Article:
Friday, February 24, 2012


The purpose of a "patterns" book is not to advocate new techniques that the authors have invented, but rather to document existing best practices within a particular field. By doing this, the authors of a patterns book hope to spread knowledge of best practices and promote a vocabulary for discussing architectural designs. One of the most famous patterns books is Design Patterns: Elements of Reusable Object-oriented Software by Erich Gamma, Richard Helm, Ralph Johnson and John Vlissides, commonly known as the "Gang of Four" (GoF) book.

Since the publication of Design Patterns, many other pattern books, of varying quality, have been written. One famous patterns book is called Enterprise Integration Patterns: Designing, Building, and Deploying Messaging Solutions by Gregor Hohpe and Bobby Woolf. It is common for people to refer to this book by its initials EIP. As the subtitle of EIP suggests, the book focuses on design patterns for asynchronous messaging systems. The book discusses 65 patterns. Each pattern is given a textual name and most are also given a graphical symbol, intended to be used in architectural diagrams.

Apache come up with Camel Project, which is an open-source, Java-based project that helps the user implement many of the design patterns in the EIP book. Because Camel implements many of the design patterns in the EIP book, it would be a good idea for people who work with Camel to have the EIP book as a reference.

Camel empowers you to define routing and mediation rules in a variety of domain-specific languages, including a Java-based Fluent API, Spring or Blueprint XML Configuration files, and a Scala DSL. This means you get smart completion of routing rules in your IDE, whether in a Java, Scala or XML editor. Apache Camel uses URIs to work directly with any kind of Transport or messaging model such as HTTP, ActiveMQ, JMS, JBI, SCA, MINA or CXF, as well as pluggable Components and Data Format options.

Tuesday, February 14, 2012

Mobile Computing Trend

We are already shifted into a new era of mobile computing, one that promises greater variety in applications, highly improved usability, and speedier networking. The iPhone era from Apple is the poster child for this trend, but there are plenty of other developmentsthat point in this direction. Google-led Android phone offers a compelling open-source alternative to Apple's device.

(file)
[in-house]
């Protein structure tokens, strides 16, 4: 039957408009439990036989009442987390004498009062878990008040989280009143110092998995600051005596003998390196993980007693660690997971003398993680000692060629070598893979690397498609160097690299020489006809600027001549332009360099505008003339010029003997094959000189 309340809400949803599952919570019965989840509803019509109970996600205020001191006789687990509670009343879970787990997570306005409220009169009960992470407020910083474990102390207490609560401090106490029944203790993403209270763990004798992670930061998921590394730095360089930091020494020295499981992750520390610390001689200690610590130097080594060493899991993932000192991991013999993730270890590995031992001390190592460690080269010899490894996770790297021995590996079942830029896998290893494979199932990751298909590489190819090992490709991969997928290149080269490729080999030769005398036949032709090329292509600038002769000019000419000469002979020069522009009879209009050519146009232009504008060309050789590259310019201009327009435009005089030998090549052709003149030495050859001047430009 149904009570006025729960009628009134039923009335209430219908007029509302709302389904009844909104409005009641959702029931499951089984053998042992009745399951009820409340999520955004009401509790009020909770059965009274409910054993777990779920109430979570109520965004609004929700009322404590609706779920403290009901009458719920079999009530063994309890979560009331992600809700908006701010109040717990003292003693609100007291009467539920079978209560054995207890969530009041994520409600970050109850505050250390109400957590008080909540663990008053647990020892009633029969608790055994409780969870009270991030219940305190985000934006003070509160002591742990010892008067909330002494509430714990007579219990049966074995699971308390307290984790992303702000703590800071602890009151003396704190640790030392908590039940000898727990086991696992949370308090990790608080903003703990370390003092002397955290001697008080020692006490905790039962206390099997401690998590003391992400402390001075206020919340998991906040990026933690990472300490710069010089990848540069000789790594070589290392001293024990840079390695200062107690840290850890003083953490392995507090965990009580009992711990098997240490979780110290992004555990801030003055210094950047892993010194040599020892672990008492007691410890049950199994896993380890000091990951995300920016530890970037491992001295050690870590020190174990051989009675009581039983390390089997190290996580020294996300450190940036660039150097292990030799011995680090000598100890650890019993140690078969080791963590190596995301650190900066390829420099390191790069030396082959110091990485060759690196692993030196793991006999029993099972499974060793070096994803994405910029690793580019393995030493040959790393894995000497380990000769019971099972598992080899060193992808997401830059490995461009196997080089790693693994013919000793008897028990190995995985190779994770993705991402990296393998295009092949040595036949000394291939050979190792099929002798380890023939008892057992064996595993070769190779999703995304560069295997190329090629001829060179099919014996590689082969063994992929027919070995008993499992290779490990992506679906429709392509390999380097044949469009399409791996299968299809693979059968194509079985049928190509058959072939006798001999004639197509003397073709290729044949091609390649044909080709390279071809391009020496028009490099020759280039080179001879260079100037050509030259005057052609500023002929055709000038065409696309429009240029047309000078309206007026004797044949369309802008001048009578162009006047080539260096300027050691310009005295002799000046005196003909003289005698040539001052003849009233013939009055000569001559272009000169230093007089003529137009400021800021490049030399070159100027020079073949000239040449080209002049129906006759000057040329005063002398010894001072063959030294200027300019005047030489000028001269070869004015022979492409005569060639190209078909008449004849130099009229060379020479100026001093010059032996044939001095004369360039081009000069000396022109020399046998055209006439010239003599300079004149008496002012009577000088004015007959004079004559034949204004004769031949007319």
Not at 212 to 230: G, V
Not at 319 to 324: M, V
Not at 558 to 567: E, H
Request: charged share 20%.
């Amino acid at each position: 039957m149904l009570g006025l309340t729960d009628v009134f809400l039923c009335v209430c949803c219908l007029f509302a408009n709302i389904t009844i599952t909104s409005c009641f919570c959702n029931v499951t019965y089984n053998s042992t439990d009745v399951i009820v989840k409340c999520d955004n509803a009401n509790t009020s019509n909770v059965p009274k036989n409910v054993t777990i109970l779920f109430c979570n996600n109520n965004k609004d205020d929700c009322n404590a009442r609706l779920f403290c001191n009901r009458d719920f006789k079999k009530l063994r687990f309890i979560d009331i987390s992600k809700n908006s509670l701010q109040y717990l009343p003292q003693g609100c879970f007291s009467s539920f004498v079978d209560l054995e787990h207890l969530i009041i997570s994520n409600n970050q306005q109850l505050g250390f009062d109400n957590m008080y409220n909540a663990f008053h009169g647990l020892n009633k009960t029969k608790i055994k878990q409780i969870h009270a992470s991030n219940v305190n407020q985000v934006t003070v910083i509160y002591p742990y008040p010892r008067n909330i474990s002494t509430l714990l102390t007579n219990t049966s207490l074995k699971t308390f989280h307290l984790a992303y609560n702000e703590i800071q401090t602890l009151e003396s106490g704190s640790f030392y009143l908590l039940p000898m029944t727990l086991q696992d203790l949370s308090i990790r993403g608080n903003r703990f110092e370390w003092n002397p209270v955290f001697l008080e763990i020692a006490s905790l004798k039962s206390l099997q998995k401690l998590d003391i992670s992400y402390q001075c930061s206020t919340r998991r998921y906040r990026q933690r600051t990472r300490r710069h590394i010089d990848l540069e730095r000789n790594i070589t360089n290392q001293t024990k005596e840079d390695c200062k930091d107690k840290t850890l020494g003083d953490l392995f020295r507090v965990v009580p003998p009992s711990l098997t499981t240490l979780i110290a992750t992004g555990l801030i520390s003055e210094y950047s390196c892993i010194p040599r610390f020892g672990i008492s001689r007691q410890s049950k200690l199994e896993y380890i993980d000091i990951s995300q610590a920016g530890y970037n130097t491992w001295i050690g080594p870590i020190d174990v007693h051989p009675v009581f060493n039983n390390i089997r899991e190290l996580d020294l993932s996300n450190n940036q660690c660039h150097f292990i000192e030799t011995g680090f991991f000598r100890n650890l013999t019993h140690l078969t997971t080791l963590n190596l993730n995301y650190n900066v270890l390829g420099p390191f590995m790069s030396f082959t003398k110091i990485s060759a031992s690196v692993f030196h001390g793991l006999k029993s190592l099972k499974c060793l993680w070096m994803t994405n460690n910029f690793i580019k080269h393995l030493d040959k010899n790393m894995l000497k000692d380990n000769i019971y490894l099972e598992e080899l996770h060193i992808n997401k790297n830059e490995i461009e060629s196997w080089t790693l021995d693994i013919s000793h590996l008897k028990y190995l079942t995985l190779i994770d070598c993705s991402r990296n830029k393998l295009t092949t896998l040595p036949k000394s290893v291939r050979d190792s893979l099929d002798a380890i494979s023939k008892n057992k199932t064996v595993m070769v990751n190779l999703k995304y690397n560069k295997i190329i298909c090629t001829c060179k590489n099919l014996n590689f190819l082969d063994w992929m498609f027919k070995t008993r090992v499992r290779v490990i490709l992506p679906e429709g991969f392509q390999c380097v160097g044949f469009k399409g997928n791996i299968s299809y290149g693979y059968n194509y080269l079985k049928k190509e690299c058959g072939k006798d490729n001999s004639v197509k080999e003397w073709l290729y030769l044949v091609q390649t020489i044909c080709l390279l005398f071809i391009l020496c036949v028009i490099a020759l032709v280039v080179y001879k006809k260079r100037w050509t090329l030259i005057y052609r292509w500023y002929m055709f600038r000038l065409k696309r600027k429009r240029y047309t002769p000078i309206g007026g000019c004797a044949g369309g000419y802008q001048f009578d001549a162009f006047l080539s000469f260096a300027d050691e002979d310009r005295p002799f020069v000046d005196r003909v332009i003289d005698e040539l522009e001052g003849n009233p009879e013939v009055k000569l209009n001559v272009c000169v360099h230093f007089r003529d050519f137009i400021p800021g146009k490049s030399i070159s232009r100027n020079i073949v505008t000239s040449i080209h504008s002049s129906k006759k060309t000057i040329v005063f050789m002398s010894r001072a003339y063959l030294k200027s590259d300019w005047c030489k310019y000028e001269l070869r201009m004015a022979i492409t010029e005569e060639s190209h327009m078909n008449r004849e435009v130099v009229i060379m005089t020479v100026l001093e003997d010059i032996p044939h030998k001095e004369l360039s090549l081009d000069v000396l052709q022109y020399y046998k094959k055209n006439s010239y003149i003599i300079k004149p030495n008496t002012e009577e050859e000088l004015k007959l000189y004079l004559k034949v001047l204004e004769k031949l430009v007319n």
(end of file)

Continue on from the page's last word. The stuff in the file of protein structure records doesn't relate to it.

While the current 3G is an improvement on data speeds, the upcoming 4G networks will be even faster and more reliable through sending data as IP packets. Western countries are already in 4G mobile. Heavy mobile data users are likely to trip to one billion by 2013.

56% of enterprises use a wireless LAN, 36% are evaluating or piloting. It shows the significant increase wireless access. Emerging 4G wireless networks offer increased wireless speed.

Android, Apple's iOS, Windows Phone 7, and other smartphones will continue to become more advanced. Example: The new Google Nexus S is one of the first smartphones to support Near-Field Communication (NFC), which lets the phone communicate wirelessly with other NFC objects within 4 inches. Though barely in use today, NFC will enable smartphone users to easily make payments in stores or receive information about a local business via an NFC window sticker.

Smartphones will get smarter!!!

Thursday, February 2, 2012

IBM 5 in 5 years

Recently, I read an interesting article by IBM. The firm predicts that
over the next five years technology innovations will change the way we
work, live and play in the new ways. Few interesting points are:
· In Energy section, people power will come to life.

· In security, multifactor biometrics plays a vital role that will
never need a password again.

· Mind reading: IBM scientists are researching how to link your brain
to your devices, such as a computer or a smart phone, so you only
have to think about calling someone and it happens.

· In mobile technology, mobile commerce and remote healthcare are key
focus areas.

· In data analytics, new app uses analytics and sense-making to
integrate data into applications that present only the information
you want.